More to the point, while crafting a love scene and a scene involving food may seem
different, the writing skills needed to be able to engage a reader’s senses are the same
for both. Bereft of any visuals, the storyteller must rely purely on the power their words
have on the reader’s imagination.

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These initial chapters focus on the relationship that exists between the Catherine and
David. The couple seems well suited to each other, but Hemingway drops subtle hints that
foreshadow the behavior that will slowly drive the couple apart.

Chapters 6 to 10

This next set of chapters initially carries on the routine from the previous chapters. But
also starts to introduce the cracks in the couple’s relationship. Moreover, Catherine’s
desire to slowly control and manipulate David eventually results in her convincing him to
bleach his hair like hers. All the while David continues to find time to write and the couple
enjoys the bliss of their honeymoon.

By the first third of the published material, Hemingway has already established the broad
strokes of narrative. He has introduced both Catherine and David and clearly established
their mannerisms. Catherine is the more aggressive, masculine character who is
constantly attempting to both make David more submissive to her and exhibit her own
power. David, on the other hand, is the more passive, even-keeled character that takes a
less overt approach to the relationship. This is obviously a huge break from how
Hemingway typically wrote both his male and female characters.

Hemingway also introduces elements that will eventually contribute to the novel’s
spectacular climax. However, it is interesting to note that although David is writing down
his experiences of their honeymoon, by this time Catherine has invariably introduced the
notion of “Africa” in his mind. Her questions, coupled with elements such as African wine
and the strategically encountered works of art, all help plant the seeds for David’s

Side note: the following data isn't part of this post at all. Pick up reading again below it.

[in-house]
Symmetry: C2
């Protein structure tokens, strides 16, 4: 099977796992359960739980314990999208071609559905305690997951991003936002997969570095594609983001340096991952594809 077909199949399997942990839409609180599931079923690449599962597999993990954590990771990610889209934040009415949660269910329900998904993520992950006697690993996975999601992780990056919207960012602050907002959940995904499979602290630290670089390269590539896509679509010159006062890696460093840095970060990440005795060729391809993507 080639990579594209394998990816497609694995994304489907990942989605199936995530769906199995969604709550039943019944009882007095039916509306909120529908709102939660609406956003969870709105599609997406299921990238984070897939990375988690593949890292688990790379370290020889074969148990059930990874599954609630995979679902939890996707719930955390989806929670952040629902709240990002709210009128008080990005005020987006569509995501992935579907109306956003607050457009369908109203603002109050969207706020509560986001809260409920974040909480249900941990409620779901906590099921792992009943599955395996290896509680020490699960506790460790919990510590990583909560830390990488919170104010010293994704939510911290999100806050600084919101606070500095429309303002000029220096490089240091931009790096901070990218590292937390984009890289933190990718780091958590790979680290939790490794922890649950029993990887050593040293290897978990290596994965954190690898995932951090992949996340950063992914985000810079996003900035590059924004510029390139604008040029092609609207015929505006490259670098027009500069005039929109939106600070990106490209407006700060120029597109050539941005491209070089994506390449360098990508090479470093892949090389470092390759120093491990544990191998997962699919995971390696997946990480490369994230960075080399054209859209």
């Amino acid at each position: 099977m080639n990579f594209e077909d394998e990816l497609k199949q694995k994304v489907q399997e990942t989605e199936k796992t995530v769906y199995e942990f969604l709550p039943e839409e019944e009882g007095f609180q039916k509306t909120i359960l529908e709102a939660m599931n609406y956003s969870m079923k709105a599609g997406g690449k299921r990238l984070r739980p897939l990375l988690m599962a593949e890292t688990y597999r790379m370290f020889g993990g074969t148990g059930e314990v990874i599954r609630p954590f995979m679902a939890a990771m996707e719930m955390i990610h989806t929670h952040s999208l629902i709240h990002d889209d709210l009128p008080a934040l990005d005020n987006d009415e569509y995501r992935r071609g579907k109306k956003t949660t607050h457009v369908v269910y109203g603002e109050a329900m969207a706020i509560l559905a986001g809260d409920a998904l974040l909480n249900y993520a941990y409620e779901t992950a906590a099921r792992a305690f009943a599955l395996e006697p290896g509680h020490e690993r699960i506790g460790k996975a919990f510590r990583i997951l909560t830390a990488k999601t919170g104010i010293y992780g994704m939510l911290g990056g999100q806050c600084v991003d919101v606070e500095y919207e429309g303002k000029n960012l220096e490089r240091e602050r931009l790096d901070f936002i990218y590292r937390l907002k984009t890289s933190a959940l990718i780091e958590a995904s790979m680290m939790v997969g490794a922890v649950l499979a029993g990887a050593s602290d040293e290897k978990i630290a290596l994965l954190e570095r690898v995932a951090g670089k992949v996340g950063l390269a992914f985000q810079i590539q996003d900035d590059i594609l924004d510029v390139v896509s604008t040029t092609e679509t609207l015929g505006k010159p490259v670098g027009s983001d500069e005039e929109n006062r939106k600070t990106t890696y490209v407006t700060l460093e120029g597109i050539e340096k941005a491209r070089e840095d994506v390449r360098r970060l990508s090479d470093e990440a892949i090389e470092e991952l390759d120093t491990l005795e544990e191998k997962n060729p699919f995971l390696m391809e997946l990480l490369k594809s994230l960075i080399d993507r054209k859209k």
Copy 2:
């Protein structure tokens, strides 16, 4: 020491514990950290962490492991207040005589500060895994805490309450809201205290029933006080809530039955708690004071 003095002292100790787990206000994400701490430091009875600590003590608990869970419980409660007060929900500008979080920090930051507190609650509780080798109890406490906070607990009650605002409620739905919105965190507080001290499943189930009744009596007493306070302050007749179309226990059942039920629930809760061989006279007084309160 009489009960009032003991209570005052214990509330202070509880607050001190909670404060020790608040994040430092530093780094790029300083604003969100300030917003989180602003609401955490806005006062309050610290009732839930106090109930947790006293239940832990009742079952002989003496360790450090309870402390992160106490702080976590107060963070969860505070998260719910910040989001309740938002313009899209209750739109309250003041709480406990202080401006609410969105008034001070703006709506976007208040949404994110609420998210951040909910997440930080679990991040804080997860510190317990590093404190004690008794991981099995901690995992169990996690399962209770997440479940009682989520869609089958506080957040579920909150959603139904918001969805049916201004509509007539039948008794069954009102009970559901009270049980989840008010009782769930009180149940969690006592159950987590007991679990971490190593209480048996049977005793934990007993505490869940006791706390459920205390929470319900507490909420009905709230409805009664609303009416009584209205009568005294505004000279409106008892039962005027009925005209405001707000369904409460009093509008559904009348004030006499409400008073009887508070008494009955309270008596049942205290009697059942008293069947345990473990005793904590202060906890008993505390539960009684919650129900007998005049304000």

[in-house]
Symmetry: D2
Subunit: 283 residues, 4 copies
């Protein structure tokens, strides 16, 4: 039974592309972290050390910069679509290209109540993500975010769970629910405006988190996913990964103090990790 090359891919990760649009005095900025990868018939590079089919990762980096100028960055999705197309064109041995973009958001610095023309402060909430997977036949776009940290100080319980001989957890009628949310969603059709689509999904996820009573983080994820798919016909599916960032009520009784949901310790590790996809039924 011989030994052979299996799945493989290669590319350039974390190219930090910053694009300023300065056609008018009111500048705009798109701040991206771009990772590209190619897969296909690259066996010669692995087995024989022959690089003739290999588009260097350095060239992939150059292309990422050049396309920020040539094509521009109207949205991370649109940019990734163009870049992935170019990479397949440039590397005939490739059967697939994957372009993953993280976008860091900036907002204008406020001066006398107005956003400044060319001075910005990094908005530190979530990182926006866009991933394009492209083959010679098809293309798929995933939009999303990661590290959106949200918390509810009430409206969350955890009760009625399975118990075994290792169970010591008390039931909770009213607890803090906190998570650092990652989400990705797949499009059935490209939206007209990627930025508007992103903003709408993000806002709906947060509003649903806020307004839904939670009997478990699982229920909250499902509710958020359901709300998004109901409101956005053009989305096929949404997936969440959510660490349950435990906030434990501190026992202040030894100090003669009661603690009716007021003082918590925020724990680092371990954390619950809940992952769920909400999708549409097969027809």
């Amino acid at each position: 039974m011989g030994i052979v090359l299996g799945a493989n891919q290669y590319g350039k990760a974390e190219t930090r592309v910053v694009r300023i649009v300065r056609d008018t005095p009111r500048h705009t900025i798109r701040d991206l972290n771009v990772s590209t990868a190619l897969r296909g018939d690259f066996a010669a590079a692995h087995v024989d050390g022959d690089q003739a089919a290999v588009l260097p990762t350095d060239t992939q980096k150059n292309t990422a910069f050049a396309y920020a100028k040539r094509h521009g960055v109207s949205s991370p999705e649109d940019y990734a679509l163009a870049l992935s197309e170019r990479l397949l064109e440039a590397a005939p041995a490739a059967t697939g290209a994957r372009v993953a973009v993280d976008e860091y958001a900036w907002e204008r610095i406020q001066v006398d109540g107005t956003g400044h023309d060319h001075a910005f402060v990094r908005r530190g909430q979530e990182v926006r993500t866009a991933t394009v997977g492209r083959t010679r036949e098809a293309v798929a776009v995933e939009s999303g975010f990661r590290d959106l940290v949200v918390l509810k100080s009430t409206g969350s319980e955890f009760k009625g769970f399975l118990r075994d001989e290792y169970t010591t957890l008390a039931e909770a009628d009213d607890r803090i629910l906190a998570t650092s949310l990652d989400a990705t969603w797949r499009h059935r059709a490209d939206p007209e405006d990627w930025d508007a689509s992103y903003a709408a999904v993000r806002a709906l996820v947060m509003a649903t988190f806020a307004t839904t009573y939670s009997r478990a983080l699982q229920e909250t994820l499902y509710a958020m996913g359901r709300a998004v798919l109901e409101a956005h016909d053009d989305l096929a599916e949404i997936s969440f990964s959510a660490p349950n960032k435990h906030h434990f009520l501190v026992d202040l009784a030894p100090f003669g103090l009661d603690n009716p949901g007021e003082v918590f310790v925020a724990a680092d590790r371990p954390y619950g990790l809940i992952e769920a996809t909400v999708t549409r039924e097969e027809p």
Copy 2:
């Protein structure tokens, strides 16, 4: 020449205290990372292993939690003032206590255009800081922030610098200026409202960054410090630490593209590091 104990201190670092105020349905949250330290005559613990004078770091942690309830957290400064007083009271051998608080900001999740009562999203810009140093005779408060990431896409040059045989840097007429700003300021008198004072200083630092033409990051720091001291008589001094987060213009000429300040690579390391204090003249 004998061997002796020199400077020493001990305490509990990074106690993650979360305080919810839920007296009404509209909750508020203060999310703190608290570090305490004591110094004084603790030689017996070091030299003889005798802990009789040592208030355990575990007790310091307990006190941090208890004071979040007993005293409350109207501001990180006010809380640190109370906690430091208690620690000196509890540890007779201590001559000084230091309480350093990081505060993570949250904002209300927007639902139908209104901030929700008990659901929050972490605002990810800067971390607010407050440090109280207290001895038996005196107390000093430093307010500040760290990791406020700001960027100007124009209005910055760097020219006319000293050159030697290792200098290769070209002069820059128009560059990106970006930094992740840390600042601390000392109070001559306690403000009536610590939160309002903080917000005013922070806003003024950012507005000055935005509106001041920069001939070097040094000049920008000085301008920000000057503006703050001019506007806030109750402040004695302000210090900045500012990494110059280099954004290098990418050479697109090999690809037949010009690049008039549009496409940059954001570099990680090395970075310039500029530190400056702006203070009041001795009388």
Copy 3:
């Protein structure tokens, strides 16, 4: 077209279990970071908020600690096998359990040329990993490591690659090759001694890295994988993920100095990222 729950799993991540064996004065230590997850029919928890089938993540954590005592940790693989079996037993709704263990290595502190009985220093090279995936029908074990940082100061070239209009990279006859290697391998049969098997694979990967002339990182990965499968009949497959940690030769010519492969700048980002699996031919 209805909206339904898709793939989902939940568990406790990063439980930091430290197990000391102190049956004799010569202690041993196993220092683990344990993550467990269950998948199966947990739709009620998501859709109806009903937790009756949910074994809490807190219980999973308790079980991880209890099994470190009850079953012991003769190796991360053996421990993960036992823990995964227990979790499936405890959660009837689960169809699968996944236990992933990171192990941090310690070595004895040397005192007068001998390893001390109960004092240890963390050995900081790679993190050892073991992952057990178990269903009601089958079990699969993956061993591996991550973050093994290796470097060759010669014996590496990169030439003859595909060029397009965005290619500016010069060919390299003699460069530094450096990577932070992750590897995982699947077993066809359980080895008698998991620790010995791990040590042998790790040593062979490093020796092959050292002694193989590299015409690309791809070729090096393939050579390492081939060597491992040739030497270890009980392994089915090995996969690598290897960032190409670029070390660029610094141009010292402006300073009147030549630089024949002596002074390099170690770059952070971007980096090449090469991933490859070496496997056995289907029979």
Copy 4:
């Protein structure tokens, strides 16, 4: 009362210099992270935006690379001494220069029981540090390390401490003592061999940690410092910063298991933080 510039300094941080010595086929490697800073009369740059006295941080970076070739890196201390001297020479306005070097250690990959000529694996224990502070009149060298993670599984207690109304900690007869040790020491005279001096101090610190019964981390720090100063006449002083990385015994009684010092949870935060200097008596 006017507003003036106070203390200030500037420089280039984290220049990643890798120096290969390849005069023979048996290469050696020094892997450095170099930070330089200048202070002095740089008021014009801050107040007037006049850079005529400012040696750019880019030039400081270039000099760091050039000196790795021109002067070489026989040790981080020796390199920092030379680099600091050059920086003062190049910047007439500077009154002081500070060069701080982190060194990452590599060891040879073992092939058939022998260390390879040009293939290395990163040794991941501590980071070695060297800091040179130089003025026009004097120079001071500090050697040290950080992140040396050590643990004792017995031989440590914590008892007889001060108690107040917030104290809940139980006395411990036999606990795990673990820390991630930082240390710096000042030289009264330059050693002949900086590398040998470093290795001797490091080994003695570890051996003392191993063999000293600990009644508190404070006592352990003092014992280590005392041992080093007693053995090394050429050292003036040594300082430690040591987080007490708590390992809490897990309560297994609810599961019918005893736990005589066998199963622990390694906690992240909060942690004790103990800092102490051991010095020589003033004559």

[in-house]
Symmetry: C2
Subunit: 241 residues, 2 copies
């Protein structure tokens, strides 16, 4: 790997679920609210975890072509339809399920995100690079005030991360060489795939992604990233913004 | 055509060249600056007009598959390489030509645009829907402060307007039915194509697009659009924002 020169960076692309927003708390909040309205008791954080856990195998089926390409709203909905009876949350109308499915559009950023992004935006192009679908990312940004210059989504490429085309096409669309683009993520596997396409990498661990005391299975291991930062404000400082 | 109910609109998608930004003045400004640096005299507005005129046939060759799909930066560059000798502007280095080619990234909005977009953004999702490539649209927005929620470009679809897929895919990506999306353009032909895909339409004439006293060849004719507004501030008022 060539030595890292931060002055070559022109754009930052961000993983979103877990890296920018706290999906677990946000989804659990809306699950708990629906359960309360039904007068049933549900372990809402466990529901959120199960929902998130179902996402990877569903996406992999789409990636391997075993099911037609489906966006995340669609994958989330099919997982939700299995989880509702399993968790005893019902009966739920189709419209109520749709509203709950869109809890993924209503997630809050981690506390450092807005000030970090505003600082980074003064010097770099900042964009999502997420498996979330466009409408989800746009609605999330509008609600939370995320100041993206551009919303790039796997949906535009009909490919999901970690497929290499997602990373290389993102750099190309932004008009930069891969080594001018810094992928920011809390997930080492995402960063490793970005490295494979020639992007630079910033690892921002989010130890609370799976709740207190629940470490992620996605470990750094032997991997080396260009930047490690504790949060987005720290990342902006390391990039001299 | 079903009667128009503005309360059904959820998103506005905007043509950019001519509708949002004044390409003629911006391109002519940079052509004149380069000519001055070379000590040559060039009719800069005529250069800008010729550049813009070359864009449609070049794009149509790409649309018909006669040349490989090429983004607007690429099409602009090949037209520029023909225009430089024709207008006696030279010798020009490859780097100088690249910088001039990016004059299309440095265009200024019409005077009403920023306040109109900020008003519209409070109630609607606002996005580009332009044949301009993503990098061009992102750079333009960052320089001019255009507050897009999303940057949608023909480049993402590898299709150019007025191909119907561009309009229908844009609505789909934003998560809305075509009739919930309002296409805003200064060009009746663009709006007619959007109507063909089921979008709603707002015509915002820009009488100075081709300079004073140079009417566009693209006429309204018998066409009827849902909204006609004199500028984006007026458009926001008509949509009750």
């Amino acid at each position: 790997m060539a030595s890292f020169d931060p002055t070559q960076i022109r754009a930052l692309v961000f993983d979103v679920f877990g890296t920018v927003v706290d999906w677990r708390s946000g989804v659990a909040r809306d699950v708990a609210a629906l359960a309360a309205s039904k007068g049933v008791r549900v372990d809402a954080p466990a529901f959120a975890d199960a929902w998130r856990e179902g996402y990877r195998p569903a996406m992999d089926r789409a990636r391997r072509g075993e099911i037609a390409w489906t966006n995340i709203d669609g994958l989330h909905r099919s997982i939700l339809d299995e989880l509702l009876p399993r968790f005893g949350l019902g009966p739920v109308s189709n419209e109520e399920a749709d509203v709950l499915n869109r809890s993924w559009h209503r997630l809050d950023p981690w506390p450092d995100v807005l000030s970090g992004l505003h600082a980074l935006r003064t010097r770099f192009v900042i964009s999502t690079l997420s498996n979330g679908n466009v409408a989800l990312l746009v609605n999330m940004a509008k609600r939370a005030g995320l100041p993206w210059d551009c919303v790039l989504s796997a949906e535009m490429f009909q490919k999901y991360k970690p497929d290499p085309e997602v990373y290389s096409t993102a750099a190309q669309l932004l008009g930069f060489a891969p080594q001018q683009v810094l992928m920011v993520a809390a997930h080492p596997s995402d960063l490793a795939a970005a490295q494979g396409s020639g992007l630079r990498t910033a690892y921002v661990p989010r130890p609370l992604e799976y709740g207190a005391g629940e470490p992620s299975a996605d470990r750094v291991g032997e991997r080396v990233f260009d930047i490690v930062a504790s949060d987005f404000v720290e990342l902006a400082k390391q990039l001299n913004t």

eventual African story about his father.

The intense jealousy that Catherine eventually develops for David’s “muse” later in the
story is cast in a different light when we consider how it seems that she was the one who
planted the seeds in his subconscious. If so, then does this mean that she is the muse? If
that’s the case, then her jealousy and rage seem to demonstrate that among her many
issues, Catherine hates herself.

It seems prudent to point out that Hemingway may have wanted to develop this point
further, perhaps even created a sort of parallel journey of self-discovery and healing
between David, Catherine, and possibly Marita.

So rather than have Catherine’s jealous rage destroy the relationship, it could have
instead been the key to her healing. David’s story could still have been burned, but from
its ashes the trio could have emerged stronger and more solidly in love with one another

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than ever. While we will never really know how Hemingway might have developed and
revised the story, it is certainly interesting to consider the possibilities.

Chapters 11 to 15

Hemingway moves the narrative along such that by chapters 11 to 15 he introduces
Marita. This is the part of the story where Catherine seduces her, and eventual integrates
her into the relationship with David. David isn’t happy with this new development, but he
seems powerless to stop Catherine from indulging in a lesbian relationship with Marita. He
seeks solace in the one place that seems within his control: his slowly emerging narrative
about his father in Africa.

One of the things that has become apparent in the narrative is how in David and
Catherine’s relationship the pursuit of love seems to shift into a pursuit of control.
Catherine seems to be exerting greater and greater control over David, like convincing
him to bleach his hair to better match hers in the previous chapter set.

David’s response to her expanding influence is to escape into his story. David’s increasing
impotence in the face of his wife’s growing dominance seems a bit of an odd fit for a
Hemingway leading man. But then again, perhaps Hemingway was looking to break new
ground by moving in such a radical new direction? Moreover, David’s escapism isn’t total
since Marita is able to eventually coax him out of his shell. This process is evident when
David lets Marita into his writing room. Marita is enthusiastic about David’s writing and
this genuine interest helps David warm to her. In spite of his earlier misgivings he wants
to open up to Marita. In a simple scene, David explains that the door between Marita’s